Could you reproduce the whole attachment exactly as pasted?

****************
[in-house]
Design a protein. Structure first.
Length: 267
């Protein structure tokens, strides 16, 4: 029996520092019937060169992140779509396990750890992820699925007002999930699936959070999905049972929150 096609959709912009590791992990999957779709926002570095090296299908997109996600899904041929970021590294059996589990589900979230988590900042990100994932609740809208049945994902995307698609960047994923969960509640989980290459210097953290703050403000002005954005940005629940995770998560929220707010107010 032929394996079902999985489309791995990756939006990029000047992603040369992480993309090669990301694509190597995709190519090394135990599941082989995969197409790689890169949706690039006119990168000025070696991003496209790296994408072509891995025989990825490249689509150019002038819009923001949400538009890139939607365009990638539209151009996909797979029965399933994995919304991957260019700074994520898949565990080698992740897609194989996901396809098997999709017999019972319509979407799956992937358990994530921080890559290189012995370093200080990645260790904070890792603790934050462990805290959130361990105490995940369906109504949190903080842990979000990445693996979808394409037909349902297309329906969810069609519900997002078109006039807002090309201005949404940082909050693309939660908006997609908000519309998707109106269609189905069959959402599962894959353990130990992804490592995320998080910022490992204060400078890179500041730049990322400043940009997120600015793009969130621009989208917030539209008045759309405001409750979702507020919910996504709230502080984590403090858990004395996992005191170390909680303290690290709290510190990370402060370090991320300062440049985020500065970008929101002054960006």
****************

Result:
[in-house]
Design a protein. Structure first.
Length: 267
């Protein structure tokens, strides 16, 4: 029996520092019937060169992140779509396990750890992820699925007002999930699936959070999905049972929150 096609959709912009590791992990999957779709926002570095090296299908997109996600899904041929970021590294059996589990589900979230988590900042990100994932609740809208049945994902995307698609960047994923969960509640989980290459210097953290703050403000002005954005940005629940995770998560929220707010107010 032929394996079902999985489309791995990756939006990029000047992603040369992480993309090669990301694509190597995709190519090394135990599941082989995969197409790689890169949706690039006119990168000025070696991003496209790296994408072509891995025989990825490249689509150019002038819009923001949400538009890139939607365009990638539209151009996909797979029965399933994995919304991957260019700074994520898949565990080698992740897609194989996901396809098997999709017999019972319509979407799956992937358990994530921080890559290189012995370093200080990645260790904070890792603790934050462990805290959130361990105490995940369906109504949190903080842990979000990445693996979808394409037909349902297309329906969810069609519900997002078109006039807002090309201005949404940082909050693309939660908006997609908000519309998707109106269609189905069959959402599962894959353990130990992804490592995320998080910022490992204060400078890179500041730049990322400043940009997120600015793009969130621009989208917030539209008045759309405001409750979702507020919910996504709230502080984590403090858990004395996992005191170390909680303290690290709290510190990370402060370090991320300062440049985020500065970008929101002054960006």